Patient Online is the campaign by NHS England to get everyone going digital with their GP practice.
Despite the £millions in marketing, it has failed to light. Like blowing on wet twigs to start a fire, you just know that blowing harder isn’t going to work.
There are some achievements. 97% of practices offer online services (they have to, it’s in the contract). And 12% of patients have registered to use them. It’s quite easy, do so if you haven’t yet. Repeat prescription orders are running at about 1.3 million a month (all figures from HSCIC)
The problem is with online booking. At 800,000 a month, they are only about 3% of all appointments. 97% are booked in the traditional way, phone up and wait, or turn up and queue.
It’s not hard to see why. The problem for general practice is GP capacity, and online booking saves no time for GPs. There is no incentive to allow patients to book themselves into 10 minutes of GP time, without assessing need.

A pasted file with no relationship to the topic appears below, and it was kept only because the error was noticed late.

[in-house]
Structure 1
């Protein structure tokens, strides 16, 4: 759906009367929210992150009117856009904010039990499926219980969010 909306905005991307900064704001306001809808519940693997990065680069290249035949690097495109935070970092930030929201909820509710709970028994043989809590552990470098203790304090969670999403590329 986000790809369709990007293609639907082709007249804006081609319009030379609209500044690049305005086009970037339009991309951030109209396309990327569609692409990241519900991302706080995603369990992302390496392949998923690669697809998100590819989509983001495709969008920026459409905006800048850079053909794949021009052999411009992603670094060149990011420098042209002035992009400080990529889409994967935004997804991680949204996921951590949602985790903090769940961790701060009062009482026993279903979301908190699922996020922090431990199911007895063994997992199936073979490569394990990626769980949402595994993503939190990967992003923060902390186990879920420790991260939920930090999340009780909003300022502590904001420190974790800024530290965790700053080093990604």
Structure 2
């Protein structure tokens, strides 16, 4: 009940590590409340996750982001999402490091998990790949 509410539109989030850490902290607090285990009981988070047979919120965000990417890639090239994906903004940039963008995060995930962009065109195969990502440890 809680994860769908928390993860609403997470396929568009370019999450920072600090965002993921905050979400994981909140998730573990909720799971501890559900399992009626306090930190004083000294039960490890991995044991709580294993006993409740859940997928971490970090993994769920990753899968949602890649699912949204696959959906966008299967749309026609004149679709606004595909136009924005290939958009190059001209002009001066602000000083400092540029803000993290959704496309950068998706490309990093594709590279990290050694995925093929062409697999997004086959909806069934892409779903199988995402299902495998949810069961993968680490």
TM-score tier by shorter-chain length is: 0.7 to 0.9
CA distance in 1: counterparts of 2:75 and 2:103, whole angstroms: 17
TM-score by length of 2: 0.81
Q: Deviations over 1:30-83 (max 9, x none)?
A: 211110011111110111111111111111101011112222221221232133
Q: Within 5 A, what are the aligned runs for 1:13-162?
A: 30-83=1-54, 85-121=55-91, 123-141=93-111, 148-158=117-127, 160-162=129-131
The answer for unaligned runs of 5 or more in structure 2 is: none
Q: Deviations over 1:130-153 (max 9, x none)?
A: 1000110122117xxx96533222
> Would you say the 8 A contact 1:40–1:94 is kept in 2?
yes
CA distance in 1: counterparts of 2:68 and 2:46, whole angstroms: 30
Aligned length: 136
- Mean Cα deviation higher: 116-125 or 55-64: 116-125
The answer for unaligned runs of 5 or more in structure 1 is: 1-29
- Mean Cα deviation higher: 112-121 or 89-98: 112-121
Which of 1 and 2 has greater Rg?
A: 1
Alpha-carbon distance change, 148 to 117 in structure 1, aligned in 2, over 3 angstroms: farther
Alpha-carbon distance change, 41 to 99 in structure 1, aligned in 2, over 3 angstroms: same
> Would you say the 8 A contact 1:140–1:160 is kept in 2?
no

So practices understandably restrict access to online bookings, typically by requiring at least a week book ahead. 91% of patients needing a GP want the same day, and there’s rarely anything to book into today.
Yet 75% of those same people go online for health information, and 50% use the internet to self diagnose (DH figures, item 6). Why not? They do everything else online.
No, the answer is, we need to enable patients to seek help online. It has to work every time, and it has be from someone they trust, their own practice or GP. 2 out of 3 neither need nor want a 10 minute face to face.
There lies the opportunity which Patient Online has missed. It must work for patients and for GPs. That will self ignite.
Founder, Chief Executive
GP Access Ltd
PS We’ll be talking on this at the King’s Fund conference,
Pressure points: how can we support primary care to cope with increasing demand?
Tuesday 24 November | The King’s Fund, London W1G 0AN
Find out more here